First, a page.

This Is the Way: A Conversation With Hunting Guide Remi Warren

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Hunting guides are near-mythical in their ability to find big game on a daily basis for their clients. It follows that those of us who would like to be better solo hunters should embrace thinking and hunting like a guide, but unless we can devote months to scouting, weeks on the ground in-season, and years of practice, we won’t achieve that level of hunting guide enlightenment. 

That’s okay. There is a way to incorporate a guide’s mentality into your hunting trips. Lifelong guide and onX Ambassador Remi Warren sits down with us and shares what goes into being a hunting guide, how he prepares for success, and how you can improve your own skills.

Remi Warren - Hunting Guide and onX Ambassador
Remi Warren, professional hunting guide and onX Ambassador.

When did you get started as a guide?

I started guiding in Montana shortly after high school with an outfit that ran all public land hunts. Soon after I expanded to guide elk hunts in New Mexico and overseas in New Zealand and South Africa. When I was 22 I got an outfitter license and began my own outfitting business, which I still run today, managing or guiding 30-50 clients a year and hunting 300 days a year. 

What draws you to being a hunting guide?

One thing is being part of the success of a hunter, especially when the hunt is difficult. For me to go out and shoot an elk myself is certainly fun and exciting, but I see it as a testament to hunting skill to take someone out who has less skill than you and make them as successful as you. It’s the challenge of being successful for someone else. It’s made me a better hunter as well. 

Expand on that. How do you hunt like a guide when you hunt alone?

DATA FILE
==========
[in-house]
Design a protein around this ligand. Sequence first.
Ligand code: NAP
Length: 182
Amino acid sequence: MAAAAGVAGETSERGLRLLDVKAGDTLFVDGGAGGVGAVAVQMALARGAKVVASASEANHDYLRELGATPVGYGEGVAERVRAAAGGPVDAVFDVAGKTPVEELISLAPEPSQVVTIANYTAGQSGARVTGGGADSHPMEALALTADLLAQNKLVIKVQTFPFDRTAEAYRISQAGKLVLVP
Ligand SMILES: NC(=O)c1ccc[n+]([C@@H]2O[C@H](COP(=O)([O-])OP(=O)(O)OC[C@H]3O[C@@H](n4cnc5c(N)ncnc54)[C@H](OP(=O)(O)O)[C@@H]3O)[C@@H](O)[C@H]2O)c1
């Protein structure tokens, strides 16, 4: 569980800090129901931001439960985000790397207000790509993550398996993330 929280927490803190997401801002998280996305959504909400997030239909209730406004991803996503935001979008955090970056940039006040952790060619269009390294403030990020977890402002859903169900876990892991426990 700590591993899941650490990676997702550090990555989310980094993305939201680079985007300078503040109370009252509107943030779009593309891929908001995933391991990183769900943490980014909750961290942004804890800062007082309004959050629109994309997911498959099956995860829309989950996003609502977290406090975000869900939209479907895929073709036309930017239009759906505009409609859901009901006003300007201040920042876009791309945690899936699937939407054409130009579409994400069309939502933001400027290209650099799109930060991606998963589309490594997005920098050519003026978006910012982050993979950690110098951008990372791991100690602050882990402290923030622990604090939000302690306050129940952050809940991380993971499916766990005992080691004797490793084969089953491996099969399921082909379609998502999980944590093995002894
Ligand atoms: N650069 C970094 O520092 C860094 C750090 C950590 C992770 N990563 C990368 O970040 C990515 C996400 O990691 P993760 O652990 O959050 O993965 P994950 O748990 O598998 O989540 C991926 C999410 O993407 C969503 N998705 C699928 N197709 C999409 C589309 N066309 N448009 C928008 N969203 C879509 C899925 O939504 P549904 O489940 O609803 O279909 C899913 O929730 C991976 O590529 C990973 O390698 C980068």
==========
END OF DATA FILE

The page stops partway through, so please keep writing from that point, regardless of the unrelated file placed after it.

When I hunt alone and I see something, I go straight for it and shoot it. Also, if I want to check out a feature like a basin I would just go look for animals and come back (you can watch Remi Warren on his hunts through his show “Solo Hunter”).

When I’m guiding a client, I may have to tailor the hunt because getting into a basin might be an all-day affair. I have to consider my client’s abilities and experience. I likely won’t make them go after an elk unless we know where an elk is going to be, so we do a lot more long-range glassing to find more potential spots where they’ll be. Then I use onX Hunt maps to look for routes suitable for my clients, which might be different than I would take if I were alone. We might find a shorter route that’s steep, or a longer one that’s less steep.

When I’m hunting for myself and going to be in a new area, I’ll e-scout and drop Waypoints for areas I know I’ll want to check out, but I use a certain color for those Waypoints. So step one is putting pins on my maps and then proving those pins. When I go scout the area and I like the place that I’ve marked, I’ll change the Waypoint to a different color. If I don’t like a spot I’ve marked I’ll change it to a third color that tells me I’ve been there but it’s not necessarily a place I’ll come back to. 

Bugling elk - Remi Warren onX Hunt

Detail the experience a guide has that helps set them apart as professional hunters. 

Guides will do more hunting and scouting in one year than some avid hunters will do in their lifetime. When you’re fortunate enough to be with a guide who’s done this for 10-plus years, you get 10 lifetimes’ worth of hunting experience. Guides not only bring knowledge related to specific hunting units but of the animals themselves. 

The really good guides are able to go anywhere and find animals, especially elk, because we know elk so well. We understand habits and habitats and how to hunt them. Sure it’s a little bit different everywhere, but the hope is that a guide is providing something you can’t get entirely on your own because you don’t have the time to do it. 

Statistically, for most people who go chase elk by themselves, at least back when I started as a hunting guide, it was maybe one in every seven years a person would kill an elk, but with a guide it was one in every three years. I’ve hunted in areas with an average 10% success rate and put my clients on animals 100% of the time for 10 weeks. That’s the benefit of hunting with the right guide. That said, there are never guarantees for guided hunts; it’s still hunting.

Hunter scouting - Remi Warren onX Hunt

How much time should a hunter devote to scouting?